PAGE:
1.12.13

Just finished reading Lang and Gender stuff for Tuesday. I have to come up with a question or two to spur discussion. Hum. I am not exactly sure what to ask–Robin discouraged us from asking ‘clarifying’ questions in the guise of discussion questions, so I am going to try to avoid it–though I have to admit there is a lot I am not clear about. I guess what I am centrally interested right now is the treatment of speech vs. writing. It seems that “language”–within the language and gender field–means “speech” by default (to use the language of the field, it is ‘normative’), but then, sometimes, a research project dealing with corpus linguistics is dropped in and writing is substituted for speech in the conversation–though that move is never made explicit. I think I am probably more interested, at least now, in presentations-of-self through writing (than through speech), so the question is, since writing–like speech–is performative, but writing is much different temporally (as in it is made permanent to some degree) whereas speech is ephemeral, how does the analysis of these two language forms differ? How does the nature of writing change the performance and the perception of the language created? Do the “gender patterns” of Labov exist in the same ways in writing as they do in speech–in regards to prestige variants and the like? Still, that seems like a clarification question, not a discussion question. . .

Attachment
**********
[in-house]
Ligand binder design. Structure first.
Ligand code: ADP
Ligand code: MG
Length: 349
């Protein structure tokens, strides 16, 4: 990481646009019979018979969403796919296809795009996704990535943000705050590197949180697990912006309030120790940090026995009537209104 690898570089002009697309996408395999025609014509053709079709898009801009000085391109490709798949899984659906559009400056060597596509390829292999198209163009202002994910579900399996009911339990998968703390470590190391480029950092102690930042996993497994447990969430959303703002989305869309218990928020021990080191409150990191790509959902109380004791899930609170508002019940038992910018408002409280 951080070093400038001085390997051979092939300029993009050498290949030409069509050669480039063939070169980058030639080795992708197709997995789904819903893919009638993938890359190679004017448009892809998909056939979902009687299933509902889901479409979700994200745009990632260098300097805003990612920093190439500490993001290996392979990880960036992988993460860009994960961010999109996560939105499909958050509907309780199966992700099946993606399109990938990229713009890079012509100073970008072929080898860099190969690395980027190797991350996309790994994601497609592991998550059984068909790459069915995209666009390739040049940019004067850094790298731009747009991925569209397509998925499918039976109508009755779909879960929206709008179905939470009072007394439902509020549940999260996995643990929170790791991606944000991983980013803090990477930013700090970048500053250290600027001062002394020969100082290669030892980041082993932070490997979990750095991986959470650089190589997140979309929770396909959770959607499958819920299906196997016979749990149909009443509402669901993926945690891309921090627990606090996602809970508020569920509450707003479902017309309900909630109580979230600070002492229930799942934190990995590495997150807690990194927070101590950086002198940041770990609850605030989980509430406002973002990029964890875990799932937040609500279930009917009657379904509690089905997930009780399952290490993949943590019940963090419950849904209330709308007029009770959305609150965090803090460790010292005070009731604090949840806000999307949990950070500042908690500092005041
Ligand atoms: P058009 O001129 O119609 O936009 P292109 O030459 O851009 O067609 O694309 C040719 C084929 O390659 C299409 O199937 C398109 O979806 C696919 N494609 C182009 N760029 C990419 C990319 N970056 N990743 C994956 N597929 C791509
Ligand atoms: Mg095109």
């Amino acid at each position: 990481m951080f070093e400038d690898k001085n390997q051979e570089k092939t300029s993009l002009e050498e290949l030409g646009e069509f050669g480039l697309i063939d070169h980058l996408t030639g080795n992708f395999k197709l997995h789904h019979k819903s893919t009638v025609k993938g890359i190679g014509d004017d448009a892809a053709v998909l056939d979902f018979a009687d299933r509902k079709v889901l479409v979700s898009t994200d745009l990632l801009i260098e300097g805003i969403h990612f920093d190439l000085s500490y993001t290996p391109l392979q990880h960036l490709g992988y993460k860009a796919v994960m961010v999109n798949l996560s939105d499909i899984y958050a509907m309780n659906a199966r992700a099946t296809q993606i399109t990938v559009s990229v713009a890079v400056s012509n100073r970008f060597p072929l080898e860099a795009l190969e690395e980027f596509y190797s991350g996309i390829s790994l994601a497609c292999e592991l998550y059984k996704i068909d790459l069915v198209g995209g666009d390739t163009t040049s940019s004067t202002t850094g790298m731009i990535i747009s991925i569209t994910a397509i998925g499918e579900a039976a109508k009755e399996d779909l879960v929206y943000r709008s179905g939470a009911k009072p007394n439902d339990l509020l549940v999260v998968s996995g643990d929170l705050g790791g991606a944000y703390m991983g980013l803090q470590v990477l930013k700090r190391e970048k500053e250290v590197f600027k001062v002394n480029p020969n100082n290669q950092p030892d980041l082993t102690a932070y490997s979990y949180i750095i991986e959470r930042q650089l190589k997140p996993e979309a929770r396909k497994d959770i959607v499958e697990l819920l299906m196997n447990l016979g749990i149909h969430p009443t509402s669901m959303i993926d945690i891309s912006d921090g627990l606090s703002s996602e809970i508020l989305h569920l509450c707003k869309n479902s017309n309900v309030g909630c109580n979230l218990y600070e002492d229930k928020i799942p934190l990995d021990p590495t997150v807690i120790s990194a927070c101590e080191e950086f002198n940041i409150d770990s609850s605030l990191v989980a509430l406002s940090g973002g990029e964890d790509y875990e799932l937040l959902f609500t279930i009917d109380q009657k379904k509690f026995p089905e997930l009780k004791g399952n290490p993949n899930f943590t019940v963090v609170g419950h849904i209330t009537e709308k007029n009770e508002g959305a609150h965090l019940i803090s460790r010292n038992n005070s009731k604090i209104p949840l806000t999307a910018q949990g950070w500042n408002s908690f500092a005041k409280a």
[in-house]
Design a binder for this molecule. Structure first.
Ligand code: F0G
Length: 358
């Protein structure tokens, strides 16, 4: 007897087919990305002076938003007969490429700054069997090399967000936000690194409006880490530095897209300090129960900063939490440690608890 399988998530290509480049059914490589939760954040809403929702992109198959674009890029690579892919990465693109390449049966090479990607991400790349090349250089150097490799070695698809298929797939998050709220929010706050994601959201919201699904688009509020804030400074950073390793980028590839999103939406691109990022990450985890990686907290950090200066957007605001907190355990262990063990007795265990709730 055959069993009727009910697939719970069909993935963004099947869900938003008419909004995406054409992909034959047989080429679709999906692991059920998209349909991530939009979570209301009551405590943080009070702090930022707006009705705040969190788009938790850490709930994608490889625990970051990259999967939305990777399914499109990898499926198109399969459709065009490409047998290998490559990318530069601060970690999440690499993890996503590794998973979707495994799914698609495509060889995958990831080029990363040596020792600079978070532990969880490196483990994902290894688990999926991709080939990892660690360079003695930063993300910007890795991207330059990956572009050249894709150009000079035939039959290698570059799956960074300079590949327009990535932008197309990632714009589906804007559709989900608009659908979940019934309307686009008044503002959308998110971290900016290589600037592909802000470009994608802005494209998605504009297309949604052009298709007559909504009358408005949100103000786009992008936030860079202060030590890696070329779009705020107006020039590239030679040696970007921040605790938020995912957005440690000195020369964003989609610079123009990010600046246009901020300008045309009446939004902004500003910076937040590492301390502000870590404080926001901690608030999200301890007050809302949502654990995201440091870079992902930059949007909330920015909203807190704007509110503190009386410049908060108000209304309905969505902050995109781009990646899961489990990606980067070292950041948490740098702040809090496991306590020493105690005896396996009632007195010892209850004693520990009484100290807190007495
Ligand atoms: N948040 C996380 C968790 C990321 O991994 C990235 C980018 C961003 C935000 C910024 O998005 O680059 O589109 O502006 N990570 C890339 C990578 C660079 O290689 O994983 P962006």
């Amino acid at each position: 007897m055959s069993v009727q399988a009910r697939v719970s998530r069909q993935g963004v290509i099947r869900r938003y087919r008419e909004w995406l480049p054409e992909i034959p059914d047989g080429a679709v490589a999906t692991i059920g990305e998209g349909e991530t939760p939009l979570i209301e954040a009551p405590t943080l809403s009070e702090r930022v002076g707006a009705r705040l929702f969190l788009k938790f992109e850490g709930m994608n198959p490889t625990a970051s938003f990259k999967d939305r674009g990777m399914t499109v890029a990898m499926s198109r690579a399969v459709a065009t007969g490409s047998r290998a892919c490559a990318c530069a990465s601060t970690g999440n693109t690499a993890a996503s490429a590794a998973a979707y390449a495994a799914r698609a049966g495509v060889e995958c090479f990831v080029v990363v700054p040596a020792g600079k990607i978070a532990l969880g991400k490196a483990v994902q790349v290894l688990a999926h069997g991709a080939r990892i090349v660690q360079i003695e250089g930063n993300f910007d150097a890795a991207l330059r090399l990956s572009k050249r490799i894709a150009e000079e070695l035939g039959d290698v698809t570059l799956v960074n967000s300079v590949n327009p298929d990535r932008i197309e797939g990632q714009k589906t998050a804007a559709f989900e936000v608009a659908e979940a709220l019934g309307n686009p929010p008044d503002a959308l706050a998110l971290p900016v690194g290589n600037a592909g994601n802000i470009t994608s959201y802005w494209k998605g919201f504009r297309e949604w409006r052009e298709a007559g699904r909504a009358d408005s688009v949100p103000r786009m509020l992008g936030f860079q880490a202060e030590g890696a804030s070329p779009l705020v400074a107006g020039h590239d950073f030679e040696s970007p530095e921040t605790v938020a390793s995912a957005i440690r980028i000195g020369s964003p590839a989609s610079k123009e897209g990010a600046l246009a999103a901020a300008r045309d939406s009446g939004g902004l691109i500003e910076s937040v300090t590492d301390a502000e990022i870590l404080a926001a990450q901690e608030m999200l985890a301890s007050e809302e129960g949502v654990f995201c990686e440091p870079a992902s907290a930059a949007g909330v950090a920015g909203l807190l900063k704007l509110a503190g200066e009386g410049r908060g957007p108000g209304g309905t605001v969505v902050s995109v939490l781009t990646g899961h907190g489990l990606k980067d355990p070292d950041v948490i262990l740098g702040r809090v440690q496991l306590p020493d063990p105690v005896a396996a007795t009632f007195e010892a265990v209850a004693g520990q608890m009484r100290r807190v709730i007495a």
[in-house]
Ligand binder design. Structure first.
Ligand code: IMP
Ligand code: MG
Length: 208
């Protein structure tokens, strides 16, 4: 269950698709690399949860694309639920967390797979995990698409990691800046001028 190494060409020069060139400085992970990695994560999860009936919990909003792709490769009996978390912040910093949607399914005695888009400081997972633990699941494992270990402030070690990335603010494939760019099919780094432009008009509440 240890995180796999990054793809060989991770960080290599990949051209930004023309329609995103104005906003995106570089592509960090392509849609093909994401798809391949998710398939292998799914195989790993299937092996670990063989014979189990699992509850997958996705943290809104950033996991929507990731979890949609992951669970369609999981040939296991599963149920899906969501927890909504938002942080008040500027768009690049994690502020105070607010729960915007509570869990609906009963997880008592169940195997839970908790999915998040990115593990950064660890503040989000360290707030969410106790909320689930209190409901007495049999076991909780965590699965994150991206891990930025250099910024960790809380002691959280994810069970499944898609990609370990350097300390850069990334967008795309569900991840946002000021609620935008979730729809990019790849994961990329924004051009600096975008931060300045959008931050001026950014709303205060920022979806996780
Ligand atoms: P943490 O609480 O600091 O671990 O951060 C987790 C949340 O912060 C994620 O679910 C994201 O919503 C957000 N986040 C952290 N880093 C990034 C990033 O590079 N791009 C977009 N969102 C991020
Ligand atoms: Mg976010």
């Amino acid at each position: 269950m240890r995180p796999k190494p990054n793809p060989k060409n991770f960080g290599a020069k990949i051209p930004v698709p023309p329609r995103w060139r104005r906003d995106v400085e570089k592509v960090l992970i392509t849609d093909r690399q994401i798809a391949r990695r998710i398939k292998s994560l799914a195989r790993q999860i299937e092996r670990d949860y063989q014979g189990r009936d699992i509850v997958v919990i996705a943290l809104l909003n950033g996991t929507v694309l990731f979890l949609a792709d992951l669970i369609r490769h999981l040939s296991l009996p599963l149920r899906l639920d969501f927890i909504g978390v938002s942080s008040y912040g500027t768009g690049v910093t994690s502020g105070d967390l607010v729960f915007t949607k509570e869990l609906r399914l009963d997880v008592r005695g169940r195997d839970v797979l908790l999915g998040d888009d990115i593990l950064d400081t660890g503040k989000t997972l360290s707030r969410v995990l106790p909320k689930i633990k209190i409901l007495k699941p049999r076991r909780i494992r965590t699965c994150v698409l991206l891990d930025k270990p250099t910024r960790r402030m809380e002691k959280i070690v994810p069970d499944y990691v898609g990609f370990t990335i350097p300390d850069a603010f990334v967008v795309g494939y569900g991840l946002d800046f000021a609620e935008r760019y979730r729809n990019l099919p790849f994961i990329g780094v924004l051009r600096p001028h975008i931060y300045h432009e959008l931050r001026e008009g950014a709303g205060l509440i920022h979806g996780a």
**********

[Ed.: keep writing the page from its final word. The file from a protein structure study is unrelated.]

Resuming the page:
I was also interested by the discussion of the institution throughout the reading. Maybe that’s the question to ask–in what ways do school environments function like other political / social institutions wherein “the interactional processes through which language helps make gender, sex, and sexuality available as indexical and indexed social resources. These resources are particularly visible within institutional contexts because of the highly conventionalized roles and stances people take when doing institutionalized work. These stances and roles are frequently ideologically gendered regardless of the actual sex of the person performing the role” (Queen, pp. 21-22). I know that the role of ‘elementary school teacher’ is ideologically gendered female–what about the role of secondary school teacher? Of professor? I am not as clear. I have a sense that there are some conflicting pressures at work in the institution of education. A female secondary teacher might, for example, feel pressure to perform a variety of stances including ‘nurturer / care-taker’ [indexed female],  ‘disciplinarian’ [indexed male], ‘subject-matter authority’ [index subject-dependent], ‘responsible adult’ [indexed as gender neutral or even gender-negating?]. . . Still, I suspect that these roles are, as Professor Queen writes, “highly conventionalized”–why does convention, then, feel slippery in this case?

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